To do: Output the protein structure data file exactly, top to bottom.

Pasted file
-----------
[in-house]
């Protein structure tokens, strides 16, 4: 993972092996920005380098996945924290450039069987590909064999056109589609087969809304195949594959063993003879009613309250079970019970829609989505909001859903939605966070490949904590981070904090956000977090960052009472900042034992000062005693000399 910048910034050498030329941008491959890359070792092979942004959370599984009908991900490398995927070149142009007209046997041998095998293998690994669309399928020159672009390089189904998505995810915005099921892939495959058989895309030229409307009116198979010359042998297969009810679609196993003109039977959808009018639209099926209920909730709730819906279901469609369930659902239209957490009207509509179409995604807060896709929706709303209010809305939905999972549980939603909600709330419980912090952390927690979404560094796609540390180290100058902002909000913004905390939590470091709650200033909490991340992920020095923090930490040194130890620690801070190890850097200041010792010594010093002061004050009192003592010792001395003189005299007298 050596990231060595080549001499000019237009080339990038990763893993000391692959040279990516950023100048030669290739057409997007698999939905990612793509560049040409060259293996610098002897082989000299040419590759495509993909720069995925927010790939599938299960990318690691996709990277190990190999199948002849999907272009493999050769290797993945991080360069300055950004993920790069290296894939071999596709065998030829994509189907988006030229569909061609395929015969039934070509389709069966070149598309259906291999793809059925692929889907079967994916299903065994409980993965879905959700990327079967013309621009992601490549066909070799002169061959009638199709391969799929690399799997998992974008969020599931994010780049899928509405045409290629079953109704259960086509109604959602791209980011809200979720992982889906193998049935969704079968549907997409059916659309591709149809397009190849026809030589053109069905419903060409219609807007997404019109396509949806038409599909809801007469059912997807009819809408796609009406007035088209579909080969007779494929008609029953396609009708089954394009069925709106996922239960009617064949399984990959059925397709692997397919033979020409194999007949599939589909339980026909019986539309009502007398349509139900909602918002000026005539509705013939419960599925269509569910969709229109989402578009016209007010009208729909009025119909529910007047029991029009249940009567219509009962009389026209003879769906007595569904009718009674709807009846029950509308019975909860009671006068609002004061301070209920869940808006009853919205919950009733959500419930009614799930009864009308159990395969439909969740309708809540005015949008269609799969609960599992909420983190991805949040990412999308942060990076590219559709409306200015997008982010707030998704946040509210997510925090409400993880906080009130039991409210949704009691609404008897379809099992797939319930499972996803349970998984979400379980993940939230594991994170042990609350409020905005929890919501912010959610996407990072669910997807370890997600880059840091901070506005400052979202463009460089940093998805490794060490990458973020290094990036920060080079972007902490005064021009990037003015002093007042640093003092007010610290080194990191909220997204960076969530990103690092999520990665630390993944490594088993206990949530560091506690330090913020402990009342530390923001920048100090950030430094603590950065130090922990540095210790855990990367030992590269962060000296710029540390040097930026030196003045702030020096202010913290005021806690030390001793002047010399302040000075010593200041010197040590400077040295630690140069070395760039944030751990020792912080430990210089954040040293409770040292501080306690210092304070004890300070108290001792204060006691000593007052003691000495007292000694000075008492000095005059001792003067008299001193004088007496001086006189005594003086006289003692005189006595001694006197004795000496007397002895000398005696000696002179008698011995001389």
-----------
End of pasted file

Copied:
[in-house]
């Protein structure tokens, strides 16, 4: 993972092996920005380098996945924290450039069987590909064999056109589609087969809304195949594959063993003879009613309250079970019970829609989505909001859903939605966070490949904590981070904090956000977090960052009472900042034992000062005693000399 910048910034050498030329941008491959890359070792092979942004959370599984009908991900490398995927070149142009007209046997041998095998293998690994669309399928020159672009390089189904998505995810915005099921892939495959058989895309030229409307009116198979010359042998297969009810679609196993003109039977959808009018639209099926209920909730709730819906279901469609369930659902239209957490009207509509179409995604807060896709929706709303209010809305939905999972549980939603909600709330419980912090952390927690979404560094796609540390180290100058902002909000913004905390939590470091709650200033909490991340992920020095923090930490040194130890620690801070190890850097200041010792010594010093002061004050009192003592010792001395003189005299007298 050596990231060595080549001499000019237009080339990038990763893993000391692959040279990516950023100048030669290739057409997007698999939905990612793509560049040409060259293996610098002897082989000299040419590759495509993909720069995925927010790939599938299960990318690691996709990277190990190999199948002849999907272009493999050769290797993945991080360069300055950004993920790069290296894939071999596709065998030829994509189907988006030229569909061609395929015969039934070509389709069966070149598309259906291999793809059925692929889907079967994916299903065994409980993965879905959700990327079967013309621009992601490549066909070799002169061959009638199709391969799929690399799997998992974008969020599931994010780049899928509405045409290629079953109704259960086509109604959602791209980011809200979720992982889906193998049935969704079968549907997409059916659309591709149809397009190849026809030589053109069905419903060409219609807007997404019109396509949806038409599909809801007469059912997807009819809408796609009406007035088209579909080969007779494929008609029953396609009708089954394009069925709106996922239960009617064949399984990959059925397709692997397919033979020409194999007949599939589909339980026909019986539309009502007398349509139900909602918002000026005539509705013939419960599925269509569910969709229109989402578009016209007010009208729909009025119909529910007047029991029009249940009567219509009962009389026209003879769906007595569904009718009674709807009846029950509308019975909860009671006068609002004061301070209920869940808006009853919205919950009733959500419930009614799930009864009308159990395969439909969740309708809540005015949008269609799969609960599992909420983190991805949040990412999308942060990076590219559709409306200015997008982010707030998704946040509210997510925090409400993880906080009130039991409210949704009691609404008897379809099992797939319930499972996803349970998984979400379980993940939230594991994170042990609350409020905005929890919501912010959610996407990072669910997807370890997600880059840091901070506005400052979202463009460089940093998805490794060490990458973020290094990036920060080079972007902490005064021009990037003015002093007042640093003092007010610290080194990191909220997204960076969530990103690092999520990665630390993944490594088993206990949530560091506690330090913020402990009342530390923001920048100090950030430094603590950065130090922990540095210790855990990367030992590269962060000296710029540390040097930026030196003045702030020096202010913290005021806690030390001793002047010399302040000075010593200041010197040590400077040295630690140069070395760039944030751990020792912080430990210089954040040293409770040292501080306690210092304070004890300070108290001792204060006691000593007052003691000495007292000694000075008492000095005059001792003067008299001193004088007496001086006189005594003086006289003692005189006595001694006197004795000496007397002895000398005696000696002179008698011995001389």